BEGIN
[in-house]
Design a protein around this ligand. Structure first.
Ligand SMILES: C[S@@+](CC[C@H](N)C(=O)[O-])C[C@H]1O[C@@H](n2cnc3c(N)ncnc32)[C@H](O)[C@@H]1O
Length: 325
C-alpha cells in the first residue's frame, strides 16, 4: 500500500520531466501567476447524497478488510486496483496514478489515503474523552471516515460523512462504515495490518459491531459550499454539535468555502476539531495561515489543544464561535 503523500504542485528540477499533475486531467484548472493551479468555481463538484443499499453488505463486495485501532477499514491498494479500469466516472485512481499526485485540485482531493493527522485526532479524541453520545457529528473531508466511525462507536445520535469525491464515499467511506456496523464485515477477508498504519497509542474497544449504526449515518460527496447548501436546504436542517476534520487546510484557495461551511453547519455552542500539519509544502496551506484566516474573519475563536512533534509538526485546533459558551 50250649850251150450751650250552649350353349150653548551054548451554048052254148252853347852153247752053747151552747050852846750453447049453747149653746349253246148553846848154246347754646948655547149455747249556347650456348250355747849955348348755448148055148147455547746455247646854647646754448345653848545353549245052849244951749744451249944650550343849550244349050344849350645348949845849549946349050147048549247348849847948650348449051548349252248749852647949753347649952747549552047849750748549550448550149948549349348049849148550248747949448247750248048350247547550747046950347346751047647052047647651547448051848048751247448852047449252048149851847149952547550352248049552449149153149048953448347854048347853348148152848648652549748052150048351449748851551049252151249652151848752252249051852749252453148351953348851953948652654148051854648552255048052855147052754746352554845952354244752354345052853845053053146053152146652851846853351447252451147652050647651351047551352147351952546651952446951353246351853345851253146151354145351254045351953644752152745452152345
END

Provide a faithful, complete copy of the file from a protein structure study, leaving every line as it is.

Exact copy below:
[in-house]
Design a protein around this ligand. Structure first.
Ligand SMILES: C[S@@+](CC[C@H](N)C(=O)[O-])C[C@H]1O[C@@H](n2cnc3c(N)ncnc32)[C@H](O)[C@@H]1O
Length: 325
C-alpha cells in the first residue's frame, strides 16, 4: 500500500520531466501567476447524497478488510486496483496514478489515503474523552471516515460523512462504515495490518459491531459550499454539535468555502476539531495561515489543544464561535 503523500504542485528540477499533475486531467484548472493551479468555481463538484443499499453488505463486495485501532477499514491498494479500469466516472485512481499526485485540485482531493493527522485526532479524541453520545457529528473531508466511525462507536445520535469525491464515499467511506456496523464485515477477508498504519497509542474497544449504526449515518460527496447548501436546504436542517476534520487546510484557495461551511453547519455552542500539519509544502496551506484566516474573519475563536512533534509538526485546533459558551 50250649850251150450751650250552649350353349150653548551054548451554048052254148252853347852153247752053747151552747050852846750453447049453747149653746349253246148553846848154246347754646948655547149455747249556347650456348250355747849955348348755448148055148147455547746455247646854647646754448345653848545353549245052849244951749744451249944650550343849550244349050344849350645348949845849549946349050147048549247348849847948650348449051548349252248749852647949753347649952747549552047849750748549550448550149948549349348049849148550248747949448247750248048350247547550747046950347346751047647052047647651547448051848048751247448852047449252048149851847149952547550352248049552449149153149048953448347854048347853348148152848648652549748052150048351449748851551049252151249652151848752252249051852749252453148351953348851953948652654148051854648552255048052855147052754746352554845952354244752354345052853845053053146053152146652851846853351447252451147652050647651351047551352147351952546651952446951353246351853345851253146151354145351254045351953644752152745452152345